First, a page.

Pumpkin is a food of very high nutritional value. This means that it is very rich in vitamins, minerals and other nutrients, but very low in calories. Both the flesh and seeds of the pumpkin provide significant benefits to our health. It is one of the foods recommended by dietitians for lowering cholesterol and weight reduction programs.
Nutritional value of pumpkin
Indicatively, a cup of cooked pumpkin flesh, without salt, contains 1.76 g. protein, 0.17 g. fat, 0 g. cholesterol and 12 g. carbohydrate (of which 2.7 g. fiber and 5.1 g. sugars). The consumption of such a quantity of cooked pumpkin offers more than 100% of the daily needs of the body into vitamin A, 20% of vitamin C, 10% of vitamin E, riboflavin, potassium, copper and manganese, and at least 5% of thiamin, vitamin B6, folic acid, pantothenic acid, niacin, iron, magnesium and phosphorus. Stunned?Let’s see everything in detail:
Beneficial properties of pumpkin
Pumpkin is one of the most important sources of beta-carotene, a powerful antioxidant that is converted by the body into vitamin A. This accounts for the intense orange color of some fruits and vegetables. The consumption of foods rich in beta-carotene may reduce the risk of certain cancers (it is particularly associated with prostate and colon cancer), to protect against asthma and cardiac disease, and to slow the degeneration and the aging of the organism .
Beta-carotene found in the seeds and the flesh of pumpkin, has antioxidant and anti-inflammatory properties. Regular pumpkin consumption appears to protect against inflammation in the joints and arthritis, giving immediate relief to inflammation.
Dietary fiber, vitamin C, and potassium contained in large quantities in pumpkin, also contribute to the proper cardiac function. Adequate intake of potassium help to treat hypertension, to reduce the risk of stroke, to protect against the loss of muscle mass, to maintain bone density and reduce the formation of kidney stones. Moreover, it helps to restore the electrolyte balance in our body, after heavy training and helps in the proper functioning of muscles.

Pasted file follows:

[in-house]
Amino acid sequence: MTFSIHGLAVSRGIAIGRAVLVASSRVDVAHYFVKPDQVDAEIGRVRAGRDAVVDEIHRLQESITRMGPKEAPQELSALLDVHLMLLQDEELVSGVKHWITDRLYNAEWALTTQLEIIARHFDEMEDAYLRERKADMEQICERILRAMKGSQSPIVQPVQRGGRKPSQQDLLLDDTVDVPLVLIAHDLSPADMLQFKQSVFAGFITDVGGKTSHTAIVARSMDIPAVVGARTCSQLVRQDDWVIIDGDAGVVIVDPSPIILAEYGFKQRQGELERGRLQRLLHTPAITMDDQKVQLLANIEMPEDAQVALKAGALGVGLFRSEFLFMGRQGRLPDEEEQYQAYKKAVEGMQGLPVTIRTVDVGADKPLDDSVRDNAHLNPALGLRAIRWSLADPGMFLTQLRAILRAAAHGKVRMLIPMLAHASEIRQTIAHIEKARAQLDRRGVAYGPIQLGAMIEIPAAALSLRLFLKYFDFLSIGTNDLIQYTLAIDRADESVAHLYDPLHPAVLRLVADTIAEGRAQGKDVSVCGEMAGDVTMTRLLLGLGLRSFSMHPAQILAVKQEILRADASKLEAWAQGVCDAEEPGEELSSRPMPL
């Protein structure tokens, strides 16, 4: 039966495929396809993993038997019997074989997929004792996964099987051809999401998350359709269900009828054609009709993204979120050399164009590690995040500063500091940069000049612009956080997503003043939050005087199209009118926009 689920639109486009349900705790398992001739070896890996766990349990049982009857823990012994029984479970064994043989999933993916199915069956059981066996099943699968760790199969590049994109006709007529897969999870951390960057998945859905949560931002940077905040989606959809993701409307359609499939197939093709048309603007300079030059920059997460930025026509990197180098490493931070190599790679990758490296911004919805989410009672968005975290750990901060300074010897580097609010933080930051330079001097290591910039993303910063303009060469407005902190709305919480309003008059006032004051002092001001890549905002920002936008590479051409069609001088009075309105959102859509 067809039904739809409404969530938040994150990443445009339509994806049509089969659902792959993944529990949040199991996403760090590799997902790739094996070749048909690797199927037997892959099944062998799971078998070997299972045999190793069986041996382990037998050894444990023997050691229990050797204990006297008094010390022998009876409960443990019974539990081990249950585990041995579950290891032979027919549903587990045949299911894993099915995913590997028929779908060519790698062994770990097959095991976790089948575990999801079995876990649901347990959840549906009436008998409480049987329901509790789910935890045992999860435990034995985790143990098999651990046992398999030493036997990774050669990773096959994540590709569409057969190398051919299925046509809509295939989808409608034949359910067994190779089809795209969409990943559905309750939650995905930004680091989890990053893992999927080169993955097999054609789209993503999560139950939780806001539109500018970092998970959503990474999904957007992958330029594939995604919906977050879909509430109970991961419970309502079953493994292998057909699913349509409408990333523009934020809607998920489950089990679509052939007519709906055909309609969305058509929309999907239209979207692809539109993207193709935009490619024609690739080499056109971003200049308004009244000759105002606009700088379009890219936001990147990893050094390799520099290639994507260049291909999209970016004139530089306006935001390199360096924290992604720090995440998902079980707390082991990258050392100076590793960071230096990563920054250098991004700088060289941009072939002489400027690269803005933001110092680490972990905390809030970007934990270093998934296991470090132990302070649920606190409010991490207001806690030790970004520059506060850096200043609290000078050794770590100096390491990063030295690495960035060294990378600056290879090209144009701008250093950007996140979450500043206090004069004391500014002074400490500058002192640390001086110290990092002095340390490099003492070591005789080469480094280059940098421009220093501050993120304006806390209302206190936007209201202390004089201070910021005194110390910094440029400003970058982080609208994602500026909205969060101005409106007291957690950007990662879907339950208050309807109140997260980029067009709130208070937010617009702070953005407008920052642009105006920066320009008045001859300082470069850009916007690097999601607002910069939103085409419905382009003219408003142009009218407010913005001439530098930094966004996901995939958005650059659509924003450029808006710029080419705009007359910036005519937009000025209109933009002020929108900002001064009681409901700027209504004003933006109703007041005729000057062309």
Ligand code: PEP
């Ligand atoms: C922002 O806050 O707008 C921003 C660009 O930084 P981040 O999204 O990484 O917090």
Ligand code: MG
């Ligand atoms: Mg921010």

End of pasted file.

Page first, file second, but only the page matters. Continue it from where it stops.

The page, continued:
The antioxidant vitamins C and E and beta-carotene appears to have a beneficial effect on eye health and prevent any degenerative damage (e.g., macula). The same effect has zeaxanthin, a natural antioxidant.
Vitamin A, contained in a large amount in pumpkin, is necessary during pregnancy and lactation for the synthesis of fetal hormones.
Foods like pumpkin, containing high content in vitamin C and beta-carotene, act as a shield for our immune system.
The fibers contained in pumpkin help in the elimination of a portion of cholesterol from the body, but also in the treatment of chronic constipation by increasing intestinal motility. The high amount of fiber also helps to reduce LDL (bad) cholesterol in the blood and in the regulation of blood sugar levels.
Pumpkin consumption is particularly beneficial for those suffering from gastric problems, because it reduces the acidity of stomach fluid.
As for pumpkin seeds, I have devoted an entire article, which you can read here. Moreover, pumpkin seeds are mentioned in the article on the 12 Foods to fight Stress. It is a nutritional treasure!
Selection, storage and use
Pumpkins can be found in various shapes from lateAugust to March, but the best time is from October to November. There are, however, some summer varieties as well. Choose a ripe pumpkin that sounds like wood when hit. They should be heavy, without “crumpled” surface, cuts or bruises.
Save for several weeks (up to 6 months!) in a well ventilated area at room temperature. The ancient Chinese, in fact, used the pumpkin shell as a storage place of medicines and herbs. The cut pieces can be kept in the refrigerator for a few days or in the freezer.
Wash thoroughly with running water to remove dirt, dust and debris from insecticides / fungicides. Cut the stalk and then cut the pumpkin into two parts. Remove the fibers and seeds and cut the flesh into pieces of the desired size.
Do not throw away the seeds! It is the healthiest snacks. Rinse them well to remove the fruit fibers and dry them well on a towel. If fresh, they can be eaten whole, with the peel. Soon we will see a quick and easy way to enjoy them.
The flesh of the pumpkin can be used in a variety of delicious recipes. We will see many such recipes in the near future. Steaming, however, gives us the maximum nutritional value.
The spices that perfectly match with pumpkin is nutmeg, cinnamon, cumin, paprika, coriander and ginger.
Note: The ideas and information presented in this blog are for informational purposes only and in no case can replace the advice of a specialist in nutrition and health. Before starting any diet or exercise or before adding a special food in your daily intake, you should contact a specialist doctor or dietitian; especially if you suffer from a serious illness.
Pumpkin & Rice Soup with Mushrooms - The Healthy CookJanuary 12, 2022 at 10:04 am
[…] this blog we love pumpkin, ginger, saffron and […]